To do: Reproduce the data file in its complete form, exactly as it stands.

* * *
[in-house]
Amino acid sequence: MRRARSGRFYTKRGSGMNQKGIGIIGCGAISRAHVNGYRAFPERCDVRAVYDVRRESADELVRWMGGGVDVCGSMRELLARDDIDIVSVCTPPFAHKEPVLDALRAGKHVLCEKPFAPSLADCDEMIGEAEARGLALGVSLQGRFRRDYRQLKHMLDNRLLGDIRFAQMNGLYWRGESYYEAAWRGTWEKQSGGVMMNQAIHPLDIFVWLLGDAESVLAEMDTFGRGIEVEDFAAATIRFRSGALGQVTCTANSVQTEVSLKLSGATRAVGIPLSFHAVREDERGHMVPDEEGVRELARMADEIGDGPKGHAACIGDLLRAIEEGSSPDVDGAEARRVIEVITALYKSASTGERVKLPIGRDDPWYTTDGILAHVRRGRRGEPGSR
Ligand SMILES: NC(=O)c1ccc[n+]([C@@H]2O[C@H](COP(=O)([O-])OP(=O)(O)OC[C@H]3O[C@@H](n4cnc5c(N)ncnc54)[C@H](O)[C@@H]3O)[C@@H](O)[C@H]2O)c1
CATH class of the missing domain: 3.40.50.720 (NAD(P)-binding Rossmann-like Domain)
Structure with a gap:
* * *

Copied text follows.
[in-house]
Amino acid sequence: MRRARSGRFYTKRGSGMNQKGIGIIGCGAISRAHVNGYRAFPERCDVRAVYDVRRESADELVRWMGGGVDVCGSMRELLARDDIDIVSVCTPPFAHKEPVLDALRAGKHVLCEKPFAPSLADCDEMIGEAEARGLALGVSLQGRFRRDYRQLKHMLDNRLLGDIRFAQMNGLYWRGESYYEAAWRGTWEKQSGGVMMNQAIHPLDIFVWLLGDAESVLAEMDTFGRGIEVEDFAAATIRFRSGALGQVTCTANSVQTEVSLKLSGATRAVGIPLSFHAVREDERGHMVPDEEGVRELARMADEIGDGPKGHAACIGDLLRAIEEGSSPDVDGAEARRVIEVITALYKSASTGERVKLPIGRDDPWYTTDGILAHVRRGRRGEPGSR
Ligand SMILES: NC(=O)c1ccc[n+]([C@@H]2O[C@H](COP(=O)([O-])OP(=O)(O)OC[C@H]3O[C@@H](n4cnc5c(N)ncnc54)[C@H](O)[C@@H]3O)[C@@H](O)[C@H]2O)c1
CATH class of the missing domain: 3.40.50.720 (NAD(P)-binding Rossmann-like Domain)
Structure with a gap: